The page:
While many Yalies might be familiar with the undergraduate a cappella groups like the Whiffenpoofs, the Yale community offers many opportunities to join a diverse array of musical groups. Two of them can be found at the Yale Institute of Sacred Music. Yale Schola Cantorum and the Yale Camerata are both internationally-renowned chorale ensembles, devoted to a wide range of choral pieces new and old.
Yale Schola Cantorum, founded in 2003 by Simon Carrington, performs a range of sacred music from the Renaissance and later. David Hill, one of the world’s leading conductors, serves as principal conductor for the group. Schola has a special interest in historically informed performances, often bringing rare or unusual arrangements to a wider audience.
“They have a wide repertoire,” said Laurie Ongley, concert production coordinator at the Institute of Sacred Music. “Every choir claims to have a wide repertoire, but it’s absolutely true in Schola’s case. Even when they perform well-known works, they might choose unusual or historical arrangements, such as a chamber version of the Brahms Requiem or Robert Schumann’s revision of Bach’s St. John Passion.”
“Yale Schola Cantorum has provided my colleagues and me numerous opportunities to interpret a wide variety of classical choral repertoire—old and new—in exciting performance spaces, such as Woolsey Hall here in New Haven, Alice Tully Hall in New York City, and the Oslo Cathedral in Oslo, Norway,” said Harrison Hintzsche, a graduate student in Vocal Performance at the Yale School of Music. “I've been able to broaden my love for choral music while also enjoying some unique travel and performance experiences.”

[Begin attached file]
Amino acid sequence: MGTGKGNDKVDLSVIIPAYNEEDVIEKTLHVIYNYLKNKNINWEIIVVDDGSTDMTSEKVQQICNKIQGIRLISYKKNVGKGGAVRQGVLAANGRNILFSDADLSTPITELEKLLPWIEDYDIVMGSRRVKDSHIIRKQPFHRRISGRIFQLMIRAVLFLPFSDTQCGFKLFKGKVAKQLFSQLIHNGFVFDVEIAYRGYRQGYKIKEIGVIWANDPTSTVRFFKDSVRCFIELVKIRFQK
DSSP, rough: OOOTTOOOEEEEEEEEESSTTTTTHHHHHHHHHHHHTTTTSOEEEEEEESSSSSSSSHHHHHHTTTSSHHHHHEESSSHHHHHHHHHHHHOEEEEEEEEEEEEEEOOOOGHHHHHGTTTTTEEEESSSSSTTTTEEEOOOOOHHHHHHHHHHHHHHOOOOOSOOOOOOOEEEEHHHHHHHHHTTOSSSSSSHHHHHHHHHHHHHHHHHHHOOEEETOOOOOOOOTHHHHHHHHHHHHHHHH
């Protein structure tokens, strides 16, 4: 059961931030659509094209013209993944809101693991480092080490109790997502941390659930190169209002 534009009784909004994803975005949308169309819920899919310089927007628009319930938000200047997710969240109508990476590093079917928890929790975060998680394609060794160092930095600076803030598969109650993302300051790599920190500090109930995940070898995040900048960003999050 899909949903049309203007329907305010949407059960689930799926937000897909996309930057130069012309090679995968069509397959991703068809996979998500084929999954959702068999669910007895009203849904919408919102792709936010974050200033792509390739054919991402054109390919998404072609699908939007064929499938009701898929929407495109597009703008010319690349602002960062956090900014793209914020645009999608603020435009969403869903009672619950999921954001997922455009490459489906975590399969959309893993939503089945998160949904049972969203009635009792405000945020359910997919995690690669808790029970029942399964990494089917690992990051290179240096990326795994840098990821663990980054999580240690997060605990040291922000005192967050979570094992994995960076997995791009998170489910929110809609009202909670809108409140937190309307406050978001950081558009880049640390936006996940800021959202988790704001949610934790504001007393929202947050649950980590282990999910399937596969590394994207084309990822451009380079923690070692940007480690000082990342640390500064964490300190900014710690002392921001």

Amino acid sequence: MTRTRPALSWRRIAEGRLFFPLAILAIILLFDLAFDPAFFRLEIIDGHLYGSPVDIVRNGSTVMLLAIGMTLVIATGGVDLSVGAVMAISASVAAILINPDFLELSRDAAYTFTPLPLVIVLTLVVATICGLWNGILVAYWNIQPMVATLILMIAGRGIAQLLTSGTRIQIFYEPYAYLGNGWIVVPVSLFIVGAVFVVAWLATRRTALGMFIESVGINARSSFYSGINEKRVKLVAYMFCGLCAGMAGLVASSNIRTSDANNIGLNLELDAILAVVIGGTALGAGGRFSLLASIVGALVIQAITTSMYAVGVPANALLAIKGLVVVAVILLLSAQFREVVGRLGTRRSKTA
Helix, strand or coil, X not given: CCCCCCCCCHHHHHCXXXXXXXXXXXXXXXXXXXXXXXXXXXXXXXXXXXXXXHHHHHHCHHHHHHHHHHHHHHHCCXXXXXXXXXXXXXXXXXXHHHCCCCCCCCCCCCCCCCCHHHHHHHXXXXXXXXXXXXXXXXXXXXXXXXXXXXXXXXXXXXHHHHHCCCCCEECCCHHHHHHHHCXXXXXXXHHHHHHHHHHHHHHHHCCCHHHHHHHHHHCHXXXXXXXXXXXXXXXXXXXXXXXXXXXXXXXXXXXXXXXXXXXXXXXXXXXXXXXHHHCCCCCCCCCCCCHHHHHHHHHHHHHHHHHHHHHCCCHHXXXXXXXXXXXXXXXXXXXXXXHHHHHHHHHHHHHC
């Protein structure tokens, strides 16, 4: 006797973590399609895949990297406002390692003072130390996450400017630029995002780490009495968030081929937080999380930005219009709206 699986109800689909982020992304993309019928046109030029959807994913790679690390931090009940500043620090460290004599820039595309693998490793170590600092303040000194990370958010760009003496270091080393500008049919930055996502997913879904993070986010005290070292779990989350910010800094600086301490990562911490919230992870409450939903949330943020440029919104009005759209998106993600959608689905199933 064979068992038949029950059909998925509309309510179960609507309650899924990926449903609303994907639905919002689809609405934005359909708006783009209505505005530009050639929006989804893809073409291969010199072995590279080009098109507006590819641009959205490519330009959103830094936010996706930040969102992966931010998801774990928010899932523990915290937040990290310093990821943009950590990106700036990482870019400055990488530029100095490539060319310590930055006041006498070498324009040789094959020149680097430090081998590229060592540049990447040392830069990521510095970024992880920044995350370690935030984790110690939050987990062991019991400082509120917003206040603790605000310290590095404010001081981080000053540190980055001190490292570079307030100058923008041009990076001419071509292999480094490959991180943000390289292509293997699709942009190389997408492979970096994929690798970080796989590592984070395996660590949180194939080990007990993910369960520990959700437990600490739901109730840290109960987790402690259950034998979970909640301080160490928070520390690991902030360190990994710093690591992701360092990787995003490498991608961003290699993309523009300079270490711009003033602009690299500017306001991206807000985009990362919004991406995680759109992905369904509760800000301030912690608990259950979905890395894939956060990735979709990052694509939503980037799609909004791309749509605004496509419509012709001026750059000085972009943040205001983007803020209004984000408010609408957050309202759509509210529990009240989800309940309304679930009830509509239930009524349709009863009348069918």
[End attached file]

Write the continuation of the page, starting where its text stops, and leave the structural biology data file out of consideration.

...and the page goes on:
Students from any of Yale’s schools are eligible to audition for Schola Cantorum, which makes the choir a great way to meet new people from around the university. Schola performs internationally most years, and offers a $5,500 yearly stipend to all singers.
Open to all Yale affiliates and New Haven community members, the Yale Camerata was founded in 1985 by its conductor, Marguerite L. Brooks. The Yale Camerata focuses on recent choral pieces, and has collaborated with a variety of music groups at Yale and in Connecticut. The chamber chorus of the Yale Camerata has also performed internationally, including a residency at Saint Paul’s Cathedral in London, England. As part of the Institute of Sacred Music, the Yale Camerata has commissioned and premiered new pieces, including a major new work by Julia Wolfe, scheduled for April 2020, as part of the 50WomenAtYale150 celebrations and inspired by the hundredth anniversary of women’s suffrage in the United States.
“The various choirs sponsored by the Institute of Sacred Music are a vital part of the music scene at Yale and, more broadly, in New Haven,” said Hannah Goodwillie, a recent graduate of the Institute of Sacred Music’s Choral Conducting program. “I have learned a great deal, in terms of vocal technique, repertoire, and musicianship from singing in these choirs over the past two years.”
Yale Schola Cantorum and the Yale Camerata are holding auditions between Tuesday, August 27th and Saturday, August 31st. For more information, see the Institute of Sacred Music’s website or write to email@example.com.
by Sean Blink, Website and Social Media Fellow